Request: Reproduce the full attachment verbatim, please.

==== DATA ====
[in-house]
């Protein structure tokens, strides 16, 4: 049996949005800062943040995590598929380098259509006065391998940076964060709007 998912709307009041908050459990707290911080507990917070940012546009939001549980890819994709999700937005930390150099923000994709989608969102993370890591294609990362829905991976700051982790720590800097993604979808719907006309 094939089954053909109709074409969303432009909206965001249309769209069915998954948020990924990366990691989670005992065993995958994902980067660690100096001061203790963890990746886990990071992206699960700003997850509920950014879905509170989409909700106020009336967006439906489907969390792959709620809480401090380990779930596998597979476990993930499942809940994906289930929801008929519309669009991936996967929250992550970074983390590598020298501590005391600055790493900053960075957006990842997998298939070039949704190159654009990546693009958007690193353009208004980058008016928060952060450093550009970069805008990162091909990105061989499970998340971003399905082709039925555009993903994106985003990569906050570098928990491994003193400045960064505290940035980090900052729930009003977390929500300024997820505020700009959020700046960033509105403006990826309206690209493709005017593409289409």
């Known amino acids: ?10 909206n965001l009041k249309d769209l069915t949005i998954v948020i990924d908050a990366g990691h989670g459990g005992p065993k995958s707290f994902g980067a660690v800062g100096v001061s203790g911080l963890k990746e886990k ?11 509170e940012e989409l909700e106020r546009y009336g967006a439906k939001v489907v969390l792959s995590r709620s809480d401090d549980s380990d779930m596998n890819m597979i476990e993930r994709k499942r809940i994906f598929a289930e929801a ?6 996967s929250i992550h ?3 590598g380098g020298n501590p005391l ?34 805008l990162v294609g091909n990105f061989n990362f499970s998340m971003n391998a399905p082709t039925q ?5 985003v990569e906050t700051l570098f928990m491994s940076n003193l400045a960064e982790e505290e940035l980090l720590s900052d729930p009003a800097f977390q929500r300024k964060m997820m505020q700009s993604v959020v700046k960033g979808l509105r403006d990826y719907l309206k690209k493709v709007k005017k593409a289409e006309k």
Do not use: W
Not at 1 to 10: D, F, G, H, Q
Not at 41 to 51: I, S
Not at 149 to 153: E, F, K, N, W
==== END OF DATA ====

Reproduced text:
[in-house]
């Protein structure tokens, strides 16, 4: 049996949005800062943040995590598929380098259509006065391998940076964060709007 998912709307009041908050459990707290911080507990917070940012546009939001549980890819994709999700937005930390150099923000994709989608969102993370890591294609990362829905991976700051982790720590800097993604979808719907006309 094939089954053909109709074409969303432009909206965001249309769209069915998954948020990924990366990691989670005992065993995958994902980067660690100096001061203790963890990746886990990071992206699960700003997850509920950014879905509170989409909700106020009336967006439906489907969390792959709620809480401090380990779930596998597979476990993930499942809940994906289930929801008929519309669009991936996967929250992550970074983390590598020298501590005391600055790493900053960075957006990842997998298939070039949704190159654009990546693009958007690193353009208004980058008016928060952060450093550009970069805008990162091909990105061989499970998340971003399905082709039925555009993903994106985003990569906050570098928990491994003193400045960064505290940035980090900052729930009003977390929500300024997820505020700009959020700046960033509105403006990826309206690209493709005017593409289409």
């Known amino acids: ?10 909206n965001l009041k249309d769209l069915t949005i998954v948020i990924d908050a990366g990691h989670g459990g005992p065993k995958s707290f994902g980067a660690v800062g100096v001061s203790g911080l963890k990746e886990k ?11 509170e940012e989409l909700e106020r546009y009336g967006a439906k939001v489907v969390l792959s995590r709620s809480d401090d549980s380990d779930m596998n890819m597979i476990e993930r994709k499942r809940i994906f598929a289930e929801a ?6 996967s929250i992550h ?3 590598g380098g020298n501590p005391l ?34 805008l990162v294609g091909n990105f061989n990362f499970s998340m971003n391998a399905p082709t039925q ?5 985003v990569e906050t700051l570098f928990m491994s940076n003193l400045a960064e982790e505290e940035l980090l720590s900052d729930p009003a800097f977390q929500r300024k964060m997820m505020q700009s993604v959020v700046k960033g979808l509105r403006d990826y719907l309206k690209k493709v709007k005017k593409a289409e006309k």
Do not use: W
Not at 1 to 10: D, F, G, H, Q
Not at 41 to 51: I, S
Not at 149 to 153: E, F, K, N, W